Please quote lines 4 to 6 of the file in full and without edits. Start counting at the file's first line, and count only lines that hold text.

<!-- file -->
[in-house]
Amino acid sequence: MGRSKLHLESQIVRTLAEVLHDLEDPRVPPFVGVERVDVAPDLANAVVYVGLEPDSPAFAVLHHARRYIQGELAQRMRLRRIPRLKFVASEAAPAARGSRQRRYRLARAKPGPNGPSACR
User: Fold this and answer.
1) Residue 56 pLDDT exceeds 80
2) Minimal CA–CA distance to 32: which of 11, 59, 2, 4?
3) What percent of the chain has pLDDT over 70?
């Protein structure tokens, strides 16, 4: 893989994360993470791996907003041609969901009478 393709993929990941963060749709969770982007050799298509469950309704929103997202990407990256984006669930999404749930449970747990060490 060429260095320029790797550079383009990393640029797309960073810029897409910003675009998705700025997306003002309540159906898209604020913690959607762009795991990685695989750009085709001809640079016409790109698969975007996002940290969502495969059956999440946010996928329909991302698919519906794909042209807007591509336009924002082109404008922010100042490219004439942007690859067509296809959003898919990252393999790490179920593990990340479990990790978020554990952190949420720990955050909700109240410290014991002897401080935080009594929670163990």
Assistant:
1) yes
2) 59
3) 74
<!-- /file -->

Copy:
1) Residue 56 pLDDT exceeds 80
2) Minimal CA–CA distance to 32: which of 11, 59, 2, 4?
3) What percent of the chain has pLDDT over 70?